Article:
Retail apps and the rise of m-commerce

M-commerce is growing three times as fast as other e-commerce methods. That’s undeniably exciting for retailers who already have a winning formula, but worrying for those who are yet to develop their m-commerce offering.

One-third of online shoppers now only use mobile devices to do their online shopping according to comScore. Screen sizes are now larger than they once were, and smart phones are now the norm; it is not difficult to see why analysts predict even more rapid growth given that, in 2013 as tablets outsold mobile PCs (laptops, notebooks) for the first time.

As a result of the growth of m-commerce, app stores have become more relevant for consumers looking to make purchases or discover brands and products. With this in mind, it is increasingly important for retailers to master the art of app store optimization, in addition to the intricacies of search engine optimization. Ranking highly in app stores requires a combination of clever key word strategies and visual appeal; together with good content and ease of use that delivers respectable reviews.

The advantages of a retail app

There are three main advantages of app stores for retailers. Firstly, rather than building an expensive e-commerce engine from scratch, the logistics of inputting card details in return for receiving the product are already robust and work seamlessly within the app stores. Building this functionality from scratch on an independent site can be costly and time-consuming. In addition to this, prospective customers can make their purchase in seconds; often just at the click of a button – which means less time for hesitation and fewer abandoned shopping carts.

The second advantage in this respect is marketing angle. On one hand, the app stores are extremely competitive with only a small fraction of apps ever making it big. On the other hand, there are apps which are easily discovered and rise to the heights of popularity much faster than sites do outside of the stores. This is often to do with the category they sit in, or the way a certain promotion propels particular apps to the top of the app charts listing. These apps might not have stood a chance as stand alone e-commerce sites Alongside this, the relative infancy of app stores means there’s big room for newcomers in any space to make a name for themselves.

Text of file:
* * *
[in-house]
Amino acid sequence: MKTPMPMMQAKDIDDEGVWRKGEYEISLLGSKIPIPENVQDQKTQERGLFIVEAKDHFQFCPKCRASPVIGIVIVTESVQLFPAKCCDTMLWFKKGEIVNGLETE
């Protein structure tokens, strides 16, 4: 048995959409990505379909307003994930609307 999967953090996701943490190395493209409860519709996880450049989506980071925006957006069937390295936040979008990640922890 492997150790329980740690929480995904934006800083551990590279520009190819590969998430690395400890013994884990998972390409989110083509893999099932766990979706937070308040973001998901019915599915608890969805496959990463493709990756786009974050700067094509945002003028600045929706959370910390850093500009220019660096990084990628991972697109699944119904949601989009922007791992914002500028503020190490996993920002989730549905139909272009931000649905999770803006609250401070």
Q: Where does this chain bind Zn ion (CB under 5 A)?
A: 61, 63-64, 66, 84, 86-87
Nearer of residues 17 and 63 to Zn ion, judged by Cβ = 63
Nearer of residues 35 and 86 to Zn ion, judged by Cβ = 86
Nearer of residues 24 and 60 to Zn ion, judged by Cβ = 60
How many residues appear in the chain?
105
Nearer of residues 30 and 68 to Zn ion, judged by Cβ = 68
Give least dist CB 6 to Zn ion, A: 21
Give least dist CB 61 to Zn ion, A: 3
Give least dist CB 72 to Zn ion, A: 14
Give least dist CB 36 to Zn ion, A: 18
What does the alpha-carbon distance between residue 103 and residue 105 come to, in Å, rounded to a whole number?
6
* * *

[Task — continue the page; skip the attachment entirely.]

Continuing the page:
Groupon and Amazon Mobile are examples of retailers making the most of the app store for promotion. Cumulatively they have been rated nearly a million times. App store ratings only add to a retailers perceived credibility. A UK department store, Debenhams launched Android and Nokia apps after its iPhone app achieved 360,000 downloads and achieved sales of nearly £1m within five months of launch. Again, this illustrates how retail apps can propel a brand to a core position.

Finally, customers without data connection can access content and merchandise from an app interface and continue to browse, say, catalogs and other material. Whereas a mobile website can be impossible to access, a number of tasks are often possible from within an app.

The cost of retail apps

Annual fees for app stores are relatively inexpensive. Microsoft and Apple charge an annual developer fee of $99, Google charges $25. However, any well thought-through app strategy needs designers, developers and a marketing team on-board.

Each mobile platform (Apple iOS, Google Android, etc.) is programmed with a separate programming platform and language. This means that each additional platform requires an additional investment when programming in the mobile operating systems native language. Working with a company like YUDU, eases some of the cost as we enable retailers to create cross-platform apps.

However, even then an app is not a one-time shot where you develop a product and leave it to generate revenue. The process involves continually testing assumptions, iterations and adding new features. Costs in year one1 are just the starting point.

What should retailers be doing on the app store?

Finally, we’d like to consider What should retailers be doing on the app store?’ Considering the potential for discovery which can’t be found so easily on the web, in our opinion all retailers should have a presence.

However, rather than putting all ones eggs in one basket; clever retailers are using their apps for discoverability, to establish some sort of virtual “real estate” on an emerging form of search amongst consumers to build upon and improve.

Essentially this works as a tool to drive customers back to their store front. This enables retailers to deliver direct transactions without loss of commission; and also to maintain customer data. If Apple/Google hold all customer data, then what is to happen if trends shift and app stores lose their prominence? Shoppers can be fickle. It’s wise to keep options open.

YUDU are a provider of retail and catalog apps which can fully integrate with your existing e-commerce site. Our SmartCat technology allows you to automatically link each product within the app to its equivalent on your website, create interactive product overlays and ultimately, drive traffic from mobile devices to your site, allowing retailers to capture m-commerce growth and establish discoverability and brand presence on all major app stores.


1 reply

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